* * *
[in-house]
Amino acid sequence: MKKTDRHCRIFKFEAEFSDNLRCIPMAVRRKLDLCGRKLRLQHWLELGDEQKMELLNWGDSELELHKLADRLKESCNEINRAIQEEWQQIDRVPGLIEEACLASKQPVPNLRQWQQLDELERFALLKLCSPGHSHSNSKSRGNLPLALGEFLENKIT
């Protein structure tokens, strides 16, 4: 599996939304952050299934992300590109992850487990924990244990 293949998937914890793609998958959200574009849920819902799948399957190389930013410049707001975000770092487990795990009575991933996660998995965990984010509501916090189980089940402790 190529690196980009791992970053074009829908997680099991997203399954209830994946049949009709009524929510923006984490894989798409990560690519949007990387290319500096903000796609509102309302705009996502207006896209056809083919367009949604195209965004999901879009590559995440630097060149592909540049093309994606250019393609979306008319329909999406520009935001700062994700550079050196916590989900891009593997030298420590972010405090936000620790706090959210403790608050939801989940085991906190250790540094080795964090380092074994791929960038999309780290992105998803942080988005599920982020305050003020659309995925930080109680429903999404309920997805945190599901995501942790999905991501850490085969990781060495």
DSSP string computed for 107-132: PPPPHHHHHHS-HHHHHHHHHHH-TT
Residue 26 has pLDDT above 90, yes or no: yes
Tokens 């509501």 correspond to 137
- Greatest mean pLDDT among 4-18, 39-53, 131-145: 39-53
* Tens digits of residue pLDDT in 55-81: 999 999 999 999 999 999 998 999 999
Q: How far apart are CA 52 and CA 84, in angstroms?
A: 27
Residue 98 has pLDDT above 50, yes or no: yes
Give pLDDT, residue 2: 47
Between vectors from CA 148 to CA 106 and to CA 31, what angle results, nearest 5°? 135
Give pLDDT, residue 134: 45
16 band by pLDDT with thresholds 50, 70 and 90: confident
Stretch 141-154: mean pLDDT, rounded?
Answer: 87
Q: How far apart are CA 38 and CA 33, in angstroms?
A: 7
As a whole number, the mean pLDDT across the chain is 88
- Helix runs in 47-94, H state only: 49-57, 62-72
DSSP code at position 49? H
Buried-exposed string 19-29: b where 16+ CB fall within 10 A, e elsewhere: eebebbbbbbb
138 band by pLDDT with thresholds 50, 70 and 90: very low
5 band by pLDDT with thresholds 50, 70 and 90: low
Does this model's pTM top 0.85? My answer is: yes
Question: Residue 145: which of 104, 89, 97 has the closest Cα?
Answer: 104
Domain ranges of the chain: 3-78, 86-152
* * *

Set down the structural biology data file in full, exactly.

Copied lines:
[in-house]
Amino acid sequence: MKKTDRHCRIFKFEAEFSDNLRCIPMAVRRKLDLCGRKLRLQHWLELGDEQKMELLNWGDSELELHKLADRLKESCNEINRAIQEEWQQIDRVPGLIEEACLASKQPVPNLRQWQQLDELERFALLKLCSPGHSHSNSKSRGNLPLALGEFLENKIT
């Protein structure tokens, strides 16, 4: 599996939304952050299934992300590109992850487990924990244990 293949998937914890793609998958959200574009849920819902799948399957190389930013410049707001975000770092487990795990009575991933996660998995965990984010509501916090189980089940402790 190529690196980009791992970053074009829908997680099991997203399954209830994946049949009709009524929510923006984490894989798409990560690519949007990387290319500096903000796609509102309302705009996502207006896209056809083919367009949604195209965004999901879009590559995440630097060149592909540049093309994606250019393609979306008319329909999406520009935001700062994700550079050196916590989900891009593997030298420590972010405090936000620790706090959210403790608050939801989940085991906190250790540094080795964090380092074994791929960038999309780290992105998803942080988005599920982020305050003020659309995925930080109680429903999404309920997805945190599901995501942790999905991501850490085969990781060495």
DSSP string computed for 107-132: PPPPHHHHHHS-HHHHHHHHHHH-TT
Residue 26 has pLDDT above 90, yes or no: yes
Tokens 């509501």 correspond to 137
- Greatest mean pLDDT among 4-18, 39-53, 131-145: 39-53
* Tens digits of residue pLDDT in 55-81: 999 999 999 999 999 999 998 999 999
Q: How far apart are CA 52 and CA 84, in angstroms?
A: 27
Residue 98 has pLDDT above 50, yes or no: yes
Give pLDDT, residue 2: 47
Between vectors from CA 148 to CA 106 and to CA 31, what angle results, nearest 5°? 135
Give pLDDT, residue 134: 45
16 band by pLDDT with thresholds 50, 70 and 90: confident
Stretch 141-154: mean pLDDT, rounded?
Answer: 87
Q: How far apart are CA 38 and CA 33, in angstroms?
A: 7
As a whole number, the mean pLDDT across the chain is 88
- Helix runs in 47-94, H state only: 49-57, 62-72
DSSP code at position 49? H
Buried-exposed string 19-29: b where 16+ CB fall within 10 A, e elsewhere: eebebbbbbbb
138 band by pLDDT with thresholds 50, 70 and 90: very low
5 band by pLDDT with thresholds 50, 70 and 90: low
Does this model's pTM top 0.85? My answer is: yes
Question: Residue 145: which of 104, 89, 97 has the closest Cα?
Answer: 104
Domain ranges of the chain: 3-78, 86-152